Convert 600VAC (?) to low voltage DC (5 to 12V)

Hey guys, good to be back. It's been way too long.

I'm dealing with two distinct situations, high-voltage AC and DC, but both with the same predicament - converting to low voltage DC.

Even though I have access to three-phase power in some situations, I don't have a neutral to generate the commonly used 230VAC, where I could just plug a household AC-DC adapter.

In the case of solar panels, I just have DC current with a great deal of voltage variation (0-780VDC).

The purpose is to power a small system from that. 5VDC 1A would suffice (Arduino, 16x2 LCD, wireless transceiver, ultrasound sensor, some LEDs).

Now, I know about the everyday DC-DC buck converters and regulators, but even in those cases I only know how to deal with up to 40VDC.

Some of you guys probably know how to do this - and probably I don't know the correct words to search for.

Hope you can help. Thanks in advance.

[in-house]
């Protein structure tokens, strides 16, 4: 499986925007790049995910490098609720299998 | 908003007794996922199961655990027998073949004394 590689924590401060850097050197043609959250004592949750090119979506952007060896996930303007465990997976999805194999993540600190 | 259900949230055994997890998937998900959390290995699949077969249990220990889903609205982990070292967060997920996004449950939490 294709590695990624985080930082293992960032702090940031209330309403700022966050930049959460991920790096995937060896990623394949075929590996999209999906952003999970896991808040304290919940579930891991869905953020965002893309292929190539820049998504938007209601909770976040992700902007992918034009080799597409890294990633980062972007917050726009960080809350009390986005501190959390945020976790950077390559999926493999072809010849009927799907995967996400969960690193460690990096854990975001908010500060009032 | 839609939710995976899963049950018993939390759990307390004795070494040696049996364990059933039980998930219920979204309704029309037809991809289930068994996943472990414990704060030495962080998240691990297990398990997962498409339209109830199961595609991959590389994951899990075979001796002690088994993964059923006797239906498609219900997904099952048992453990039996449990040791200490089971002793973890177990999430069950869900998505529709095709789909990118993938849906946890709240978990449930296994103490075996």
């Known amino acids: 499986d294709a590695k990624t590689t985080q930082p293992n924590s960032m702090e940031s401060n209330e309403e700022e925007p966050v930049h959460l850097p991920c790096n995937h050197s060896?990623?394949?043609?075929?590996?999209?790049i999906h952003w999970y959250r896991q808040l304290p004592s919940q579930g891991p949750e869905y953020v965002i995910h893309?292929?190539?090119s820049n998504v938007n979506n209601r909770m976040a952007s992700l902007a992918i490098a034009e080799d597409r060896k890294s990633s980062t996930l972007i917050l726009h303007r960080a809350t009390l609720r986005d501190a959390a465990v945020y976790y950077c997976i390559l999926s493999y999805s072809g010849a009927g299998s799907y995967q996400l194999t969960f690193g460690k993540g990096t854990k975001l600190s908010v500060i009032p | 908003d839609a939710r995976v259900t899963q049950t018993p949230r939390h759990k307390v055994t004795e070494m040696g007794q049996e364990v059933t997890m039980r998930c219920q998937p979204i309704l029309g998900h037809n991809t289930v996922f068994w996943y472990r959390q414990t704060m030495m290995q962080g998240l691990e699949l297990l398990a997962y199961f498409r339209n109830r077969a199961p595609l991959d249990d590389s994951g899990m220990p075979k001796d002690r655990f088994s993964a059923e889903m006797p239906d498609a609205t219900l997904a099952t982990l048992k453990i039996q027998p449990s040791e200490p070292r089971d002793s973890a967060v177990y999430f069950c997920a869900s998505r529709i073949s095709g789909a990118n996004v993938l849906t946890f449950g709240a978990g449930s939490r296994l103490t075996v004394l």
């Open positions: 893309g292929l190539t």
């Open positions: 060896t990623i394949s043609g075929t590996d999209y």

Both of these voltages are very dangerous and I would not be wanting to use them without good isolation.

Isolating the DC would require a switch mode with isolated output but getting one to work over that voltage range would be difficult.

A single phase 230/240v system has up to around 440v between phases. You may be able to get a transformer to bring this down to 250 or your working voltage.

Weedpharma

I’ll take one for the team and say what I’m sure many members will be thinking… leave this one to the pros.

600V DC solar is awesomely dangerous, far more so than AC mains. It contacts all your
muscles so you cannot let go, so death is pretty much guaranteed (solar panels output
several amps, you are talking electric chair conditions...)

It will also hold an arc of 1cm or more at full current, so conventional switches will not
guarantee to switch it off...

DO NOT DO THIS! Use a small separate solar panel instead.

Thanks all for your input.